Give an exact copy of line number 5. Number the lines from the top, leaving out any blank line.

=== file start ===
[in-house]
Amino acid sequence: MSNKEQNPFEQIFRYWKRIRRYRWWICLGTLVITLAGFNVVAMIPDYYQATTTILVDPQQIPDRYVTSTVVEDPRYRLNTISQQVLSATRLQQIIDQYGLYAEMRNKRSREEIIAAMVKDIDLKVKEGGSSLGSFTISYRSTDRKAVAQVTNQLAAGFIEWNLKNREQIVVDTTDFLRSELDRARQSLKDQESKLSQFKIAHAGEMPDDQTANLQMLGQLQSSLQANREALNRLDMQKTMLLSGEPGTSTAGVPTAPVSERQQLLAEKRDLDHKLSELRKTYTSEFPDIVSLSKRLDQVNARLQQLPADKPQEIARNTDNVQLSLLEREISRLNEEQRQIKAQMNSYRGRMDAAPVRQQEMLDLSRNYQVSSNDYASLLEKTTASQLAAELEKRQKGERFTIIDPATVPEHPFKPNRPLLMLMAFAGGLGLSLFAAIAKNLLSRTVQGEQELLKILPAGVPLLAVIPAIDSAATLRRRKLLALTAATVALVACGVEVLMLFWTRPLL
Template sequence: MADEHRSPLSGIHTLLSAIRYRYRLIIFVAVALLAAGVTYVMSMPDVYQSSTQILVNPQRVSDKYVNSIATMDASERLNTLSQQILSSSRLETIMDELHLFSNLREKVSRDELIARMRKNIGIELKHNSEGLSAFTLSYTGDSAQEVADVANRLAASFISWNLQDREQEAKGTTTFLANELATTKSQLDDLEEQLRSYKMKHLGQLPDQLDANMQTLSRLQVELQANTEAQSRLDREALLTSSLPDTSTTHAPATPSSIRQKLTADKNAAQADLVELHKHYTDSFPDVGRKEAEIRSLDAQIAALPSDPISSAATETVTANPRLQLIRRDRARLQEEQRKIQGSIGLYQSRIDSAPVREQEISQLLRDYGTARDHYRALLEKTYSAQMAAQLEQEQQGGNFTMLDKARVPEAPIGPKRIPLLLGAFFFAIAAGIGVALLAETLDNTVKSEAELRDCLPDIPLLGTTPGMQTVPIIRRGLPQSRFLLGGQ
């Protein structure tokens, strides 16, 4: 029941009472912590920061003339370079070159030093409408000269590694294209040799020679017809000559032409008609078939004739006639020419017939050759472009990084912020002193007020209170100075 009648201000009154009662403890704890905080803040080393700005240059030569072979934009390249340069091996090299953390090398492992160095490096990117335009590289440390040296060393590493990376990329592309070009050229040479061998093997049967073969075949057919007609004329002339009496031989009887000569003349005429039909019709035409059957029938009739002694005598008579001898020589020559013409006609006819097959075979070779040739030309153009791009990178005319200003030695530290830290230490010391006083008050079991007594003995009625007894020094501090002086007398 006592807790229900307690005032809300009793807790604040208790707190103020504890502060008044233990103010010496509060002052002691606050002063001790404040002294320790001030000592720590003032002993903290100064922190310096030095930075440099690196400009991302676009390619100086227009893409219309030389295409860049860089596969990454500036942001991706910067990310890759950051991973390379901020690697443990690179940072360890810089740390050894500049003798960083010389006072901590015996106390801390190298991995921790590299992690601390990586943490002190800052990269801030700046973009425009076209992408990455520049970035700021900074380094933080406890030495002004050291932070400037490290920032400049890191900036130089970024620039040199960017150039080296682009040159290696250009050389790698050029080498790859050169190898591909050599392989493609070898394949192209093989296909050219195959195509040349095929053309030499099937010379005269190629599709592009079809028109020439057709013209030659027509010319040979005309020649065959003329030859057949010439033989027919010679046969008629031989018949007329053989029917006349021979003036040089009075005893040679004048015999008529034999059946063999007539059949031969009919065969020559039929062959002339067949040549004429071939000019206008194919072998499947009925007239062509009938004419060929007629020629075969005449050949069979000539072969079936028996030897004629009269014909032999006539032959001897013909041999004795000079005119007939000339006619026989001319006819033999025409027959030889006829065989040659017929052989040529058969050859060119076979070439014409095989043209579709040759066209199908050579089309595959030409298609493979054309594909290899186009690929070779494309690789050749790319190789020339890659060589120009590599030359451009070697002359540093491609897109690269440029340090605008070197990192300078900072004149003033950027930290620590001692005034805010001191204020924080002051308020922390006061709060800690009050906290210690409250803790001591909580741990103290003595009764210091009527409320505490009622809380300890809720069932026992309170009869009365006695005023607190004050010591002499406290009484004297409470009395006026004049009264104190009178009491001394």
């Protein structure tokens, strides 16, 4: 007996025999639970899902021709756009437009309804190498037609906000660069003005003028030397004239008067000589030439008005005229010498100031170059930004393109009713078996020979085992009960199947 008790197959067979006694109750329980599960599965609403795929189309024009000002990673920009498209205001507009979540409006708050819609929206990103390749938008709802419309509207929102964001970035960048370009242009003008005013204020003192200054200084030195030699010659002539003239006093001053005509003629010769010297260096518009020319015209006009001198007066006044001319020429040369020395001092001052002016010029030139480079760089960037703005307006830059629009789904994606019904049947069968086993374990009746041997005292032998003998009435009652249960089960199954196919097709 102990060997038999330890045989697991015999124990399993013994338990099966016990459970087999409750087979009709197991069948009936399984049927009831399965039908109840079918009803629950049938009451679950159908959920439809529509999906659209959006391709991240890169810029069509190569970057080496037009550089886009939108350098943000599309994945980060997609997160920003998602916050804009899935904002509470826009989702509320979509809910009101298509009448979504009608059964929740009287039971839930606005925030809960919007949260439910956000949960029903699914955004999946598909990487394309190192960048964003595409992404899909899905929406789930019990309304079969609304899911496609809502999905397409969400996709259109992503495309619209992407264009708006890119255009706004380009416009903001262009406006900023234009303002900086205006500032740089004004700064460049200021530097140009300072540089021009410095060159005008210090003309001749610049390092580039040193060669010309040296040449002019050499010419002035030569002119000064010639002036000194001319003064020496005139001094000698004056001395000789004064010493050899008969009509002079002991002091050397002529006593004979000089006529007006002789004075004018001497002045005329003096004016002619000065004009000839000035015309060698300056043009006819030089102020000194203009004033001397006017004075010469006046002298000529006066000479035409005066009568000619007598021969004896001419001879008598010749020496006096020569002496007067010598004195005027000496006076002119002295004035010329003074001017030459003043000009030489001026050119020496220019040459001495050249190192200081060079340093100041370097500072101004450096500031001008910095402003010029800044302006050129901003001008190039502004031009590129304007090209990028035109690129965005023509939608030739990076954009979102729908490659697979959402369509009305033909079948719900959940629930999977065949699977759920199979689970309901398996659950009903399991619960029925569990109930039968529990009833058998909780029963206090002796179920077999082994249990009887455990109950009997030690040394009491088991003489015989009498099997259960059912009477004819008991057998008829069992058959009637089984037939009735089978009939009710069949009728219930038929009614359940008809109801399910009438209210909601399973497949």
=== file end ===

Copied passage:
């Protein structure tokens, strides 16, 4: 007996025999639970899902021709756009437009309804190498037609906000660069003005003028030397004239008067000589030439008005005229010498100031170059930004393109009713078996020979085992009960199947 008790197959067979006694109750329980599960599965609403795929189309024009000002990673920009498209205001507009979540409006708050819609929206990103390749938008709802419309509207929102964001970035960048370009242009003008005013204020003192200054200084030195030699010659002539003239006093001053005509003629010769010297260096518009020319015209006009001198007066006044001319020429040369020395001092001052002016010029030139480079760089960037703005307006830059629009789904994606019904049947069968086993374990009746041997005292032998003998009435009652249960089960199954196919097709 102990060997038999330890045989697991015999124990399993013994338990099966016990459970087999409750087979009709197991069948009936399984049927009831399965039908109840079918009803629950049938009451679950159908959920439809529509999906659209959006391709991240890169810029069509190569970057080496037009550089886009939108350098943000599309994945980060997609997160920003998602916050804009899935904002509470826009989702509320979509809910009101298509009448979504009608059964929740009287039971839930606005925030809960919007949260439910956000949960029903699914955004999946598909990487394309190192960048964003595409992404899909899905929406789930019990309304079969609304899911496609809502999905397409969400996709259109992503495309619209992407264009708006890119255009706004380009416009903001262009406006900023234009303002900086205006500032740089004004700064460049200021530097140009300072540089021009410095060159005008210090003309001749610049390092580039040193060669010309040296040449002019050499010419002035030569002119000064010639002036000194001319003064020496005139001094000698004056001395000789004064010493050899008969009509002079002991002091050397002529006593004979000089006529007006002789004075004018001497002045005329003096004016002619000065004009000839000035015309060698300056043009006819030089102020000194203009004033001397006017004075010469006046002298000529006066000479035409005066009568000619007598021969004896001419001879008598010749020496006096020569002496007067010598004195005027000496006076002119002295004035010329003074001017030459003043000009030489001026050119020496220019040459001495050249190192200081060079340093100041370097500072101004450096500031001008910095402003010029800044302006050129901003001008190039502004031009590129304007090209990028035109690129965005023509939608030739990076954009979102729908490659697979959402369509009305033909079948719900959940629930999977065949699977759920199979689970309901398996659950009903399991619960029925569990109930039968529990009833058998909780029963206090002796179920077999082994249990009887455990109950009997030690040394009491088991003489015989009498099997259960059912009477004819008991057998008829069992058959009637089984037939009735089978009939009710069949009728219930038929009614359940008809109801399910009438209210909601399973497949």